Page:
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Leena Cooks n Cans: Spicy Dill Pickled Asparagus

By on Jun 7, 2010 in Canning, Leena Cooks, Vegetables | 2 comments

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Leena Cooks n Cans: Spicy Dill Pickled Asparagus

From stalk to can: my kick-ass spicy dill pickled asparagus, canned, of course.

While other bloggers have been posting about cooking the perfect asparagus soup or asparagus risotto, I must admit I prefer to enjoy the green veg a different way–by turning them into pickles and canning them. This allows me to enjoy them year round, and is a great excuse to eat more pickles!

Plus I’m totally being patriotic. Did you know that pickles helped Columbus’s crew travel the ocean without getting scurvy so they could discover America?

Did you also know I am totally the sort of person to look up a historical excuse for eating more of my favorite food?!

Good. I just want you to know who you’re dealing with here.

Leena Cooks n Cans: Spicy Dill Pickled Asparagus

The trimmed asparagus tops and ends

So as we all know, a pickle is a fruit or vegetable preserved in an acid, typically vinegar or citrus juice. There are two different ways to preserve pickles, with a brine or a pickling syrup. A brine is made of acid, water, salt, and seasonings or spices, whereas a pickling syrup is made by simmering vinegar, sugar, water and spices together. Syrups are used for sweeter pickles, and since this is a savory pickle, I made a brine for the asparagus.

For this particular pickle, it is important to trim all the asparagus so that it can fit tip down in the jar without going above the first bottom rim. If there is still part of the stalk left after trimming, it can be pickled right along with the tops.

Leena Cooks n Cans: Spicy Dill Pickled Asparagus

Do you know they charge $12 for a jar of pickled asparagus at Whole Foods? $!2!

The nice thing about these pickles is that the brine needs to be heated just until the salt dissolves and everything is hot. From there, I like to set out my hot canning jars and place one peeled and lightly smashed clove of garlic, 1 sprig of fresh dill, and a sprinkle of red pepper flakes in the bottom of each. When packing the asparagus, I liked to make them fit nice and tight. The heat from the canning process will cause the vegetables to shrink, so the more you can fit in there, the more you prevent there being a large headspace in the jar after canning.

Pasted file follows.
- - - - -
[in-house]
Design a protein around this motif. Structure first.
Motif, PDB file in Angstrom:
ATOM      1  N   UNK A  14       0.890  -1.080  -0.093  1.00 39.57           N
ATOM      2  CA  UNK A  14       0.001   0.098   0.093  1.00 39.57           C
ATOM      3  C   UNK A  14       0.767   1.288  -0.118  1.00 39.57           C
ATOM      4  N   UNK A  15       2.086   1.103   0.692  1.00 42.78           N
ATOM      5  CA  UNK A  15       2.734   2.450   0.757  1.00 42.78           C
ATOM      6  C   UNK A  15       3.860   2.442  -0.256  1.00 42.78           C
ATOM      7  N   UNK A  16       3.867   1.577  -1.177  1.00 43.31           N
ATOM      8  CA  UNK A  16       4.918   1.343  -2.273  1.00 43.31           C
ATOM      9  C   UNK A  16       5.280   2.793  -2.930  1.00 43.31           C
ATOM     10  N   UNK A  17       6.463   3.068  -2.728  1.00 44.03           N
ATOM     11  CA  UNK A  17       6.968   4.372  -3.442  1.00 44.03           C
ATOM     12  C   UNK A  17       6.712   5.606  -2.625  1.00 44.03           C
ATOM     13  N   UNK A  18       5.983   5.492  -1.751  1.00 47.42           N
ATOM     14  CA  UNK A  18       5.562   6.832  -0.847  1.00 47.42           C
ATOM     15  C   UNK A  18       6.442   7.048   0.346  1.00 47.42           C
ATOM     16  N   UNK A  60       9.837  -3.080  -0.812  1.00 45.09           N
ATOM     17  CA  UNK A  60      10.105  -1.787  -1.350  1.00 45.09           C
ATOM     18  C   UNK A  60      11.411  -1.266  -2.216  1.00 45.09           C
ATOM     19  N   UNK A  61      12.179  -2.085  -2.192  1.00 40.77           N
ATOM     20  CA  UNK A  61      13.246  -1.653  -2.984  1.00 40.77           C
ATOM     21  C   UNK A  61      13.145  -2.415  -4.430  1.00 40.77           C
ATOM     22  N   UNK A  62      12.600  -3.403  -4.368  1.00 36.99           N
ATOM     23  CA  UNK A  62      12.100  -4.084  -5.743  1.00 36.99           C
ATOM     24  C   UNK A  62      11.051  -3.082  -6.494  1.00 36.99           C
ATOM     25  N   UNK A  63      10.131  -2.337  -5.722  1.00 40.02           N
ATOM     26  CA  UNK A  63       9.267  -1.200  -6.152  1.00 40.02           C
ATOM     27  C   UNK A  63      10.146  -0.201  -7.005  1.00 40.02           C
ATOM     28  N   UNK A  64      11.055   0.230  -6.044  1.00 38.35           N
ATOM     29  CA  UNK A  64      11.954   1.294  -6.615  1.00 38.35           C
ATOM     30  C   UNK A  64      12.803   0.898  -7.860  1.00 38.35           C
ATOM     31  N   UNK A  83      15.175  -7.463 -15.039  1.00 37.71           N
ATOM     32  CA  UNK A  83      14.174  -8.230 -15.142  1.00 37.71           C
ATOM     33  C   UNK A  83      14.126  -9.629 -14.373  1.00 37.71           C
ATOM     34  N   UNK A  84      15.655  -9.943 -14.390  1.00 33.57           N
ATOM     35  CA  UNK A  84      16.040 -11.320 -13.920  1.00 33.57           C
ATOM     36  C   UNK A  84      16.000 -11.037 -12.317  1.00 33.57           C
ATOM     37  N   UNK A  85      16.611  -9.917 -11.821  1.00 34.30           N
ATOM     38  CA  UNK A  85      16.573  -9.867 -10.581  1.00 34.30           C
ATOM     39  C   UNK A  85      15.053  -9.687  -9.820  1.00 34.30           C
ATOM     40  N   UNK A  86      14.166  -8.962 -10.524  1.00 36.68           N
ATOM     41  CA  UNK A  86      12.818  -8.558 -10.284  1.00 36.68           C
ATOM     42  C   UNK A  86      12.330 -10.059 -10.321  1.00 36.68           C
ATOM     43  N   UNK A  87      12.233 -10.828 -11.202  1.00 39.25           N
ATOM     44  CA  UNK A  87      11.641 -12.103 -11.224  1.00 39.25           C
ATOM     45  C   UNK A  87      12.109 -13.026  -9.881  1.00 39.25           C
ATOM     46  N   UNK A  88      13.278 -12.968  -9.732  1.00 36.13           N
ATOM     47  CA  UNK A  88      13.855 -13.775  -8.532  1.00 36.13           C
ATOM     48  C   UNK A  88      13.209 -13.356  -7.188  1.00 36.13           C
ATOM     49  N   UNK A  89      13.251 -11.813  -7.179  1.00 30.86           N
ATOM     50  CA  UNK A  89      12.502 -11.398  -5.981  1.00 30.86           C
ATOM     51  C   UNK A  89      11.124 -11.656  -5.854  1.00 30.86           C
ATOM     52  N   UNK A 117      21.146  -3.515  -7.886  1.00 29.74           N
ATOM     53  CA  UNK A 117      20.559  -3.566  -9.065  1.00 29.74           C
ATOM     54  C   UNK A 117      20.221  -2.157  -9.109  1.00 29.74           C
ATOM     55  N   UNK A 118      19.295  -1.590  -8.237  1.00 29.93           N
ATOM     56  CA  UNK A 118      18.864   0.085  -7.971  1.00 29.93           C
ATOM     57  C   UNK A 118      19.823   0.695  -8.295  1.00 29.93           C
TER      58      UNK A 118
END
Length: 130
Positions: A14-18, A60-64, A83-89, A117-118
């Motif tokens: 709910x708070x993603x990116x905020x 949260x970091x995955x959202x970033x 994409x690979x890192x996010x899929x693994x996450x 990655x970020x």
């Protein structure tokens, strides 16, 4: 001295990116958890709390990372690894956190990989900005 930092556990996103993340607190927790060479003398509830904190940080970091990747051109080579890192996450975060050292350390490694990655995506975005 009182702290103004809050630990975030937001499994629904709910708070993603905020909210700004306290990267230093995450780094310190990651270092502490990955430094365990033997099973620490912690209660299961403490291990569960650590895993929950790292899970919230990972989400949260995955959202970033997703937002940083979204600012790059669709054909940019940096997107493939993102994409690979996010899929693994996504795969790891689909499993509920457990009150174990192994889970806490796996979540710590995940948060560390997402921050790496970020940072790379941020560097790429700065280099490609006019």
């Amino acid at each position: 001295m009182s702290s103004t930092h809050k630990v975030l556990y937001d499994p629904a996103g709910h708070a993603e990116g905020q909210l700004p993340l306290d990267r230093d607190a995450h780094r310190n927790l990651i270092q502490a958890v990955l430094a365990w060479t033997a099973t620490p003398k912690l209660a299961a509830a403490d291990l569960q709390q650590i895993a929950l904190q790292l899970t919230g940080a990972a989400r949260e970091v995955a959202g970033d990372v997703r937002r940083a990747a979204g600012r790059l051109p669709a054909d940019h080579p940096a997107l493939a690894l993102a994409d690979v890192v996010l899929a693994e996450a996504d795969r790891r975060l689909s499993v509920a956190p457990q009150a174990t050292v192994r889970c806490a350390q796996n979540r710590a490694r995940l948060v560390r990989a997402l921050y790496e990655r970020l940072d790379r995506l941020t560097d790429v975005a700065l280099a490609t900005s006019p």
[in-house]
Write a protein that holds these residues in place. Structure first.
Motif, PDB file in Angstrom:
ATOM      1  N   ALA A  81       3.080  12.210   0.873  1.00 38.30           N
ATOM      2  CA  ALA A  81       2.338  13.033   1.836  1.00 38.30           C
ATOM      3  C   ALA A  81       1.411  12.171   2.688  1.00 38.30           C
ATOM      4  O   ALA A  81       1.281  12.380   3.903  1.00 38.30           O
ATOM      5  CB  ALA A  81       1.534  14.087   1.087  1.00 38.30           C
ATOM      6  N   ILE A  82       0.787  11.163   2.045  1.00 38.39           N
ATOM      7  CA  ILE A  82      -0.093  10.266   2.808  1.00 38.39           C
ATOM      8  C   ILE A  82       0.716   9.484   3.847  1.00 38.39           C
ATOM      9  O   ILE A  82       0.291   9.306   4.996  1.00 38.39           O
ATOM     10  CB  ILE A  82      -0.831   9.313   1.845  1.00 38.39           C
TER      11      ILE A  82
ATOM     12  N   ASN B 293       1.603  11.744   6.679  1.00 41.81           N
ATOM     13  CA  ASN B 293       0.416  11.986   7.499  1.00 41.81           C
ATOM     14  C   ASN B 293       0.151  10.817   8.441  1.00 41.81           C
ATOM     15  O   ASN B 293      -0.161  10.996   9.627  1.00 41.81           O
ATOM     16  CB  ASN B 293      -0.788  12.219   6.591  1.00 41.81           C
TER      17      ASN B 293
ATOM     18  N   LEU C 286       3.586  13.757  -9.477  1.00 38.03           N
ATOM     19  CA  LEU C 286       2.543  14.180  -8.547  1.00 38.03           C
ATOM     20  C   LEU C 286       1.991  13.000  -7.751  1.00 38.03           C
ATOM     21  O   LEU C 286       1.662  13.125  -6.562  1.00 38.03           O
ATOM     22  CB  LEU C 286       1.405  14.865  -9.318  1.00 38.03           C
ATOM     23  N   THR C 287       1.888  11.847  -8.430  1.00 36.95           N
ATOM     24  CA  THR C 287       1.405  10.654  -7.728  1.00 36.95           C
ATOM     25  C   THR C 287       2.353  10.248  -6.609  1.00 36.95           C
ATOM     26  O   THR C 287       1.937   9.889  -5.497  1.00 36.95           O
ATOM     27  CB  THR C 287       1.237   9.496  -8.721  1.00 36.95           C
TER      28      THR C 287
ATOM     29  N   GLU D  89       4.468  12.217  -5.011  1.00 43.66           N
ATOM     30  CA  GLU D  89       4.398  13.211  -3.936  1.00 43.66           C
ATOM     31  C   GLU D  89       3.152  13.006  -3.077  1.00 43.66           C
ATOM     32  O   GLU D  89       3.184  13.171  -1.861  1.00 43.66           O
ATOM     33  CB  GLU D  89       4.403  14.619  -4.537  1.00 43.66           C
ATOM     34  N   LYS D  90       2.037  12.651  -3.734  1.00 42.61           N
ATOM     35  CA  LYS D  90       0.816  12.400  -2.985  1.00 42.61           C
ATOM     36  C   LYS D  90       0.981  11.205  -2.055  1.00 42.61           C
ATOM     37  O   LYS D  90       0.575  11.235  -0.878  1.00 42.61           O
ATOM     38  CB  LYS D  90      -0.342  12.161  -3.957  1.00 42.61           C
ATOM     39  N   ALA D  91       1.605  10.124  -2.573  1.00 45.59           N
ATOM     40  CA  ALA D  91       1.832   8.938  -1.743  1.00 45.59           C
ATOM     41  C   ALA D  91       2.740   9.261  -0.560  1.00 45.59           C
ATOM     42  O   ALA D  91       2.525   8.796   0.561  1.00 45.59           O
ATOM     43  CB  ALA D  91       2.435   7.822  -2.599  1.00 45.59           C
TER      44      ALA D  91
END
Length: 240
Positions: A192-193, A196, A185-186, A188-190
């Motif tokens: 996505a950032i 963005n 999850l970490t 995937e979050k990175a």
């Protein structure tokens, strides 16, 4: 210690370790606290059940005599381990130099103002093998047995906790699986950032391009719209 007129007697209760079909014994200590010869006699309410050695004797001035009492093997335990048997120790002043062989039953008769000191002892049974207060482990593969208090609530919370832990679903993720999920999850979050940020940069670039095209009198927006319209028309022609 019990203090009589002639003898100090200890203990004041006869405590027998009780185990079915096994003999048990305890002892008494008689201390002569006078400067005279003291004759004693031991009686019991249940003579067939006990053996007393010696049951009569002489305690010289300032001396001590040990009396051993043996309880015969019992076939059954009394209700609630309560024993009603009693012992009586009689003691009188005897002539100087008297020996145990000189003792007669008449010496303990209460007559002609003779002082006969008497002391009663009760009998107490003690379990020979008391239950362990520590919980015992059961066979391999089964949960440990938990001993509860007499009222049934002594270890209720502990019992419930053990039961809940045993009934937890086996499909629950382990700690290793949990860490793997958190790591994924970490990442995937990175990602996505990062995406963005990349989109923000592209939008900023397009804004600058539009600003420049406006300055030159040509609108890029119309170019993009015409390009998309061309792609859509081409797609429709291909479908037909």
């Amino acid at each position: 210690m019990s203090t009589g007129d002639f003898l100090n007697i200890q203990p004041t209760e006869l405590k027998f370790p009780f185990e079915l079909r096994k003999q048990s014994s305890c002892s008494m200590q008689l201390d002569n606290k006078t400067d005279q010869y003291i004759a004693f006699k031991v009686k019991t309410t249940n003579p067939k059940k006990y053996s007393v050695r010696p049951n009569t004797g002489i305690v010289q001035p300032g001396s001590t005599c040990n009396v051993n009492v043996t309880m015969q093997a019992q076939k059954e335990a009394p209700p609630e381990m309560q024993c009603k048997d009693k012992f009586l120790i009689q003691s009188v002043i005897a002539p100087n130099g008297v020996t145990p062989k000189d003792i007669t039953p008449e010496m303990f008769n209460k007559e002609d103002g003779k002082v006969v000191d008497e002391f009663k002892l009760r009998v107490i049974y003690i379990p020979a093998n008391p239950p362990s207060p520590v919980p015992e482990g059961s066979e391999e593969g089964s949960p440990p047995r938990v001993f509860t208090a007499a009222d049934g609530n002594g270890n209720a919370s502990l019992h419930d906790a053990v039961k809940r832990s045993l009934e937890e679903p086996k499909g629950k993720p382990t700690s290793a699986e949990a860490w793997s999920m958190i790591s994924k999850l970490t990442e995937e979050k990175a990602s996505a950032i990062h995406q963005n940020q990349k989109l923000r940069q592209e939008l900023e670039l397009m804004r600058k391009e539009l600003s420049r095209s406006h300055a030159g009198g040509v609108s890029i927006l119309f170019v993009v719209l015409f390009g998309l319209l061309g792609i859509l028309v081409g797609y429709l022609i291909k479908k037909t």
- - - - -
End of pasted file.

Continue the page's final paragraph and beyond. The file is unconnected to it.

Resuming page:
Then pour over the hot brine, place the lids on and can!

Leena Cooks n Cans: Spicy Dill Pickled Asparagus

The end results: my canned spicy dill pickled asparagus.

Some people like to get fancy with their pickled asparagus and toss it in a salad with cured meats and goat cheese, others like to use them as a garnish for a bloody mary, but me?

I like eating them straight from the jar.

Leena Cooks n Cans: Spicy Dill Pickled Asparagus

More asparagus pickle porn.

Recipe: Leena’s Spicy Dill Pickled Asparagus

Summary: Inspired by several recipes from Small Batch Preserving by Ellie Topp

Ingredients

  • 3 pounds of asparagus spears
  • 3 1/2 cups white vinegar
  • 1 cup of water
  • 1 tsp kosher or pickling salt
  • 8 cloves of garlic, peeled and lightly crushed
  • 8 fronds of dill
  • 1 tsp red pepper flakes (to taste)

Instructions

  1. Wash and cut each spear of asparagus long enough to fit a half pint jar leaving ¾ inch headspace.
  2. Remove the hot sterilized jars from where they are being stored and place a clove of garlic and a frond of dill at the bottom of each jar. Pack asparagus into the jar with the tips down.
  3. Combine the vinegar, water, salt and red pepper flakes in a medium saucepan and bring to a boil. Pour the hot vinegar mix over asparagus to within ½ inch of the rim. Process 10 minutes for half pint jars, 15 minutes for pint jars. Allow jars to cool completely before storing, and allow to cure for at least a month before you try them. Store opened jars in the fridge.

Quick Notes

Yields 8 half pint jars

Microformatting by hRecipe.

~LTG!

Leena Cooks n Cans: Spicy Dill Pickled Asparagus

2 Comments

  1. Susan

    24 Mar ’14

    Post a Reply

    I lost my original recipe that I used for years (took a few years off from canning) and this recipe sounds like mine. It was the best recipe for pickling! Thank you for posting this and I will try it this spring!

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